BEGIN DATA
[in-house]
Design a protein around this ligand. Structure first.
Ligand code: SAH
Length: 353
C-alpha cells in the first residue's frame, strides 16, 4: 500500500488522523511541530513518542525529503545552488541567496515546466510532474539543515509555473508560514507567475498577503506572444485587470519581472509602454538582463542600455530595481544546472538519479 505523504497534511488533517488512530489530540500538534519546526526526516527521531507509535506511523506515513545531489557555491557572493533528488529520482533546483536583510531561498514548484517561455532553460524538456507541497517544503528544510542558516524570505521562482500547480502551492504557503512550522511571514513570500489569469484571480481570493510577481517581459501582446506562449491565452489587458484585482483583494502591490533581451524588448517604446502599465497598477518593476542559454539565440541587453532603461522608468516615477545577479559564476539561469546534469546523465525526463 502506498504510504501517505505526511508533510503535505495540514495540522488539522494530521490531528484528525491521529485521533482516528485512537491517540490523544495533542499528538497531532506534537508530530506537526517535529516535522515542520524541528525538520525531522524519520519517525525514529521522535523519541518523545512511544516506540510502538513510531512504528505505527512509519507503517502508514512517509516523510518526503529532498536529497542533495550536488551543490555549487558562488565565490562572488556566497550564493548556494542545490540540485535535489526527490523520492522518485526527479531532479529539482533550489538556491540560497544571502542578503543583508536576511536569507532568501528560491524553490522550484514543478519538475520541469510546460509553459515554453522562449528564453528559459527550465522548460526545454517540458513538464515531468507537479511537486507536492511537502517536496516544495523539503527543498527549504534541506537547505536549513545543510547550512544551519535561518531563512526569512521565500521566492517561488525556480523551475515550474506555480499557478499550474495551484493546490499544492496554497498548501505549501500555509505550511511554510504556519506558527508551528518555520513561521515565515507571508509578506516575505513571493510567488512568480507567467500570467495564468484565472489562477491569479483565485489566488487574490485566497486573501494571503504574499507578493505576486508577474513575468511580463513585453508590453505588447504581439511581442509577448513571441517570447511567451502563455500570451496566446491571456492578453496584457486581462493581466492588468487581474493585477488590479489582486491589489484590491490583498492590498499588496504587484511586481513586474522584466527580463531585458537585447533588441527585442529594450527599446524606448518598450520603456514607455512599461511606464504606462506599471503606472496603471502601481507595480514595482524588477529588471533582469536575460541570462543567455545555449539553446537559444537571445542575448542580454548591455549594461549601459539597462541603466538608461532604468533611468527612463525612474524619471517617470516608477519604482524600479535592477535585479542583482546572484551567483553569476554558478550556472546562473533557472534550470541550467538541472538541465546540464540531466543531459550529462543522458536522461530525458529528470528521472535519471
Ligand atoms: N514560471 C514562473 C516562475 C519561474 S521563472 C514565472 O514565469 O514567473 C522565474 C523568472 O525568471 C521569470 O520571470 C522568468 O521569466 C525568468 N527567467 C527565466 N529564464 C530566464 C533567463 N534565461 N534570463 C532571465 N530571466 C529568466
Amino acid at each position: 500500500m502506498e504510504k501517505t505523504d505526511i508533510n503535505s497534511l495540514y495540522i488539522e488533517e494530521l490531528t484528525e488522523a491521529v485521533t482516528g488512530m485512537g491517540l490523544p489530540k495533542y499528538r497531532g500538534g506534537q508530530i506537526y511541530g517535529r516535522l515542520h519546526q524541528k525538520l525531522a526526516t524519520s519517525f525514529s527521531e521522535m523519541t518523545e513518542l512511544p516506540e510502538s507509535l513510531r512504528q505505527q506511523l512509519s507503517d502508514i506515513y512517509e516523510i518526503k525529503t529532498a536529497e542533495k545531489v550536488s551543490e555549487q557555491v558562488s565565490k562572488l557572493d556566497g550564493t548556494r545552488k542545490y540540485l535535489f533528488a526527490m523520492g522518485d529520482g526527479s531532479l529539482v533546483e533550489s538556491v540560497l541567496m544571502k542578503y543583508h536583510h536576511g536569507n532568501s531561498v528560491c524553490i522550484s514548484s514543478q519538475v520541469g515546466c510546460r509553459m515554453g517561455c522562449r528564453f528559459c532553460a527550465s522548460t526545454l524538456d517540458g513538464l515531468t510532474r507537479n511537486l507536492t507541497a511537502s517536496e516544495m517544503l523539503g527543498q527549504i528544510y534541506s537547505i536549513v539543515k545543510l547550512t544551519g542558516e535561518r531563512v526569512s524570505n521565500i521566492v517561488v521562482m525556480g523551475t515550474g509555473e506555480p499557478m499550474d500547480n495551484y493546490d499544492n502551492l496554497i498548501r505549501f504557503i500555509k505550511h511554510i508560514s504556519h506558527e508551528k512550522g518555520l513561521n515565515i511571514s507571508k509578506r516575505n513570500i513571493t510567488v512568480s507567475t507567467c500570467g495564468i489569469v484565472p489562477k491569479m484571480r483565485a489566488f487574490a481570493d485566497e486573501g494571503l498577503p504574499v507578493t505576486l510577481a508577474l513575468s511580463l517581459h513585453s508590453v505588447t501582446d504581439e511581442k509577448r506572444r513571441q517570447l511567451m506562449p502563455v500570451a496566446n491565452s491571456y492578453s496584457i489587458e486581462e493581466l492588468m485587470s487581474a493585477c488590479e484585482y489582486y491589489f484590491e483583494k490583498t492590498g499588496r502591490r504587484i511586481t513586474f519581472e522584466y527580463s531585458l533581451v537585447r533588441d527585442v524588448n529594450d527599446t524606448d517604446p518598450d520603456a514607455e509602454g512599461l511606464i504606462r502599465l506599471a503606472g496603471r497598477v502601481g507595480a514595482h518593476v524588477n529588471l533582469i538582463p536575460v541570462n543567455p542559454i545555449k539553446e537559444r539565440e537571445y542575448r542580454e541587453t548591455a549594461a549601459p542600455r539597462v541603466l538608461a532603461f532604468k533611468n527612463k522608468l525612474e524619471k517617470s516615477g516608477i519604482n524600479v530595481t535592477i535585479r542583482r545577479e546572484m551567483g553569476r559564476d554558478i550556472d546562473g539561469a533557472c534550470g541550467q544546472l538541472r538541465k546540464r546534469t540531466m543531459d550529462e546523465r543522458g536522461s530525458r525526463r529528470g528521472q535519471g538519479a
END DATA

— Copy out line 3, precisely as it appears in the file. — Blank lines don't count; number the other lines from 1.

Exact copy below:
Ligand code: SAH